Exchanges on the Silk Roads
After the fall of the Mauryas, the Kushan kingdom became the main political force in northern India. They were located across the main trade routes, and the Kushans prospered on the trade that was happening in that area. That area of trade and exchange was known as the Silk Road. The Silk Road was a trade route located between the Roman Empire and China, which also had a section that passed through the mountains northwest of India. From that area, goods where shipped through the Persian Gulf or the Read Sea, and finally arrived at Rome.
Trade between India and Europe expanded during the first century when sailors mastered how to navigate in the Indian Ocean. Trade between the Mediterranean Ocean and the Indian Ocean was difficult and sometimes profitable, but it developed the establishments of many small trading settlements along the Indian coast. The Romans would import ivory, indigo, textiles, precious stones, and pepper from India and silk from China. Rome would also export silver, wine, perfume, slaves, glass, and cloth from Egypt. In all, it looks like Romans imported more than what they sold to the Far East.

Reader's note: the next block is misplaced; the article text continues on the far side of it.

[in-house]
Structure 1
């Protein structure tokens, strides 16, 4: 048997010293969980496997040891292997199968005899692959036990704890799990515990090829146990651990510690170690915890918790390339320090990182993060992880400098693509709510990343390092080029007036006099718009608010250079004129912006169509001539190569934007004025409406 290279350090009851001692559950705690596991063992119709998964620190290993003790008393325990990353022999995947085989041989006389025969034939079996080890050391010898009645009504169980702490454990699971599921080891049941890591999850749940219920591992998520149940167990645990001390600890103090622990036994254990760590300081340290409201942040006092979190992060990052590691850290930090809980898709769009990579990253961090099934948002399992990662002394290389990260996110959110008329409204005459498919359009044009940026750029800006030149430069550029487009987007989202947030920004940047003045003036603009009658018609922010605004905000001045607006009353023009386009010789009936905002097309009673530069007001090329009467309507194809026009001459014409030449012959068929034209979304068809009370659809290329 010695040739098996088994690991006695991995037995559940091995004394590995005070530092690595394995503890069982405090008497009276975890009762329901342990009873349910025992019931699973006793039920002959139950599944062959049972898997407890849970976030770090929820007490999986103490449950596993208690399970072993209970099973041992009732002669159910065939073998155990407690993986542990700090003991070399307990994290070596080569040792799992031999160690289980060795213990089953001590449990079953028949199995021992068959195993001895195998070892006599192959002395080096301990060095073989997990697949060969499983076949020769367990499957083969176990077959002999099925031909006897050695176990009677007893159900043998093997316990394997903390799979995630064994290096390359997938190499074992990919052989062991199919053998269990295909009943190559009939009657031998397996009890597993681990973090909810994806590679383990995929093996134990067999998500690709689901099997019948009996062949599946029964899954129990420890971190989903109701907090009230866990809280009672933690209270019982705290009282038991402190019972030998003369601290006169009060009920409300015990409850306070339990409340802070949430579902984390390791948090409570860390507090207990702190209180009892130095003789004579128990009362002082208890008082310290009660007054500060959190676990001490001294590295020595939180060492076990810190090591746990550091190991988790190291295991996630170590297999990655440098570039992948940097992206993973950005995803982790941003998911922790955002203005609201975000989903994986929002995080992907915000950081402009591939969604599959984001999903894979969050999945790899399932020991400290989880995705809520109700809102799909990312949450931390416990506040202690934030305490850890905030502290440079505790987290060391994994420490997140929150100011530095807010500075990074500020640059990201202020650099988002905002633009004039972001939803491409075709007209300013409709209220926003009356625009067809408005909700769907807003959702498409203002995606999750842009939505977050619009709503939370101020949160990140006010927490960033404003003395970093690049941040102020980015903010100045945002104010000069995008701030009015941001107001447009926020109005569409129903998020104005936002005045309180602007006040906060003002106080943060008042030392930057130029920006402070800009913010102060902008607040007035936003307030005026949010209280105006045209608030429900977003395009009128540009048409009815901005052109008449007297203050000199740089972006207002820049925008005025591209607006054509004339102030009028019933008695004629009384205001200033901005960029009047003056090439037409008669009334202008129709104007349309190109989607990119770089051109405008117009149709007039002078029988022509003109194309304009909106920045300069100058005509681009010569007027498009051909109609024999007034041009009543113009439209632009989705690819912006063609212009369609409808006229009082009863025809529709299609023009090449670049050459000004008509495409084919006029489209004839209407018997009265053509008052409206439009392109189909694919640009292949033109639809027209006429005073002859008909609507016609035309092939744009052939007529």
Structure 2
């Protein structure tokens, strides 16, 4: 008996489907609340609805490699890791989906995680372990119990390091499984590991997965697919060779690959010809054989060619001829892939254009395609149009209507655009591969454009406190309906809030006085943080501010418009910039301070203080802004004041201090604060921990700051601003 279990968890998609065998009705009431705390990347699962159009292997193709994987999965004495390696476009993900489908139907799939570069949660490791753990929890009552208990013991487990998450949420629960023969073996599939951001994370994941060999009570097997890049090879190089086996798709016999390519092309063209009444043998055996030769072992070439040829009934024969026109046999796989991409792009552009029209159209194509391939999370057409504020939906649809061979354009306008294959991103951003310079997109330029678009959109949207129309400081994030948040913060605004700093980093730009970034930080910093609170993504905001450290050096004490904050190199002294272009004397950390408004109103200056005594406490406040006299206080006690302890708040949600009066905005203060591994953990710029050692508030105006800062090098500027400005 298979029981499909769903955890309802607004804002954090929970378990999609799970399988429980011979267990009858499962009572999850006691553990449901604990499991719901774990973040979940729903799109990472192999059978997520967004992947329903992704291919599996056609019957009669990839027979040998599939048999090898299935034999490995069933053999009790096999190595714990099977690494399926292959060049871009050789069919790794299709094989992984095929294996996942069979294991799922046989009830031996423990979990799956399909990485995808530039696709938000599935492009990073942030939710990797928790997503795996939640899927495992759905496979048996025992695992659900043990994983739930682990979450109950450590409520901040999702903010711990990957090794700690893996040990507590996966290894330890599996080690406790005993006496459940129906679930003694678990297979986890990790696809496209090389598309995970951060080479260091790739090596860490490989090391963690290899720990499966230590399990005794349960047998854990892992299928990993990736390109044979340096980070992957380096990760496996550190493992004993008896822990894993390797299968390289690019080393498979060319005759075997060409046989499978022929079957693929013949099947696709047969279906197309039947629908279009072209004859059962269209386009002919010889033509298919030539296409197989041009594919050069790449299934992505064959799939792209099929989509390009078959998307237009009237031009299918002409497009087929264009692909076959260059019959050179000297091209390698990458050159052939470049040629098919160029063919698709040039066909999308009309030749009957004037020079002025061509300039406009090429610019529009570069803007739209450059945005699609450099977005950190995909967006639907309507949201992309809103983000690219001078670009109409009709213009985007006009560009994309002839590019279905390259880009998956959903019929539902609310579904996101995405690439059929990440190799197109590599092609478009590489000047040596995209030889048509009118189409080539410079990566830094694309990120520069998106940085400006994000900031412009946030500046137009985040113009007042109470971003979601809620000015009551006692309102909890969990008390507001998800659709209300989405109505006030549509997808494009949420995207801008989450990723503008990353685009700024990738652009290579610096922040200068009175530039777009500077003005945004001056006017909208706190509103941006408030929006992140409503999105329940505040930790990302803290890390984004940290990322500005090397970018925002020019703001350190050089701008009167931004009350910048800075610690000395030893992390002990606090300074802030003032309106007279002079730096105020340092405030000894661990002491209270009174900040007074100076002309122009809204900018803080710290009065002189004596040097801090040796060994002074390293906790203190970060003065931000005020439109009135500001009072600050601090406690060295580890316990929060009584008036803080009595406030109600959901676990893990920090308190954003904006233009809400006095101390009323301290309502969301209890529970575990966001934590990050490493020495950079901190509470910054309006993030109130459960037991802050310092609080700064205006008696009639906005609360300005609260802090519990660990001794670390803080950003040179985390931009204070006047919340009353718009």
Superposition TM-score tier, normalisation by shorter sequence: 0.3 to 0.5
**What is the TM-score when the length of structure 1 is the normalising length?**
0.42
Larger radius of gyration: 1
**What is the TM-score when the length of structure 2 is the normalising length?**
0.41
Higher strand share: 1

The Silk Road was an outlet for technology, goods, and ideas. Chinese technology was introduced to the West because of the Silk Road. China had four great inventions. They invented papermaking, printing, gunpowder, and compasses, which they exported to the West. In the Han Dynasty, China had control on the silk trade because they would keep the silk’s production technology a secret. It was not until the 12th century that Western Europe learned about their production technology. China’s ability of silkworm breeding and silk spinning greatly sped up the development of the entire world.
Besides technology, religions were also introduced to China through the Silk Road. Because of both, the economical and political changes between the East and the West, religions of the West were introduced into China by the Silk...
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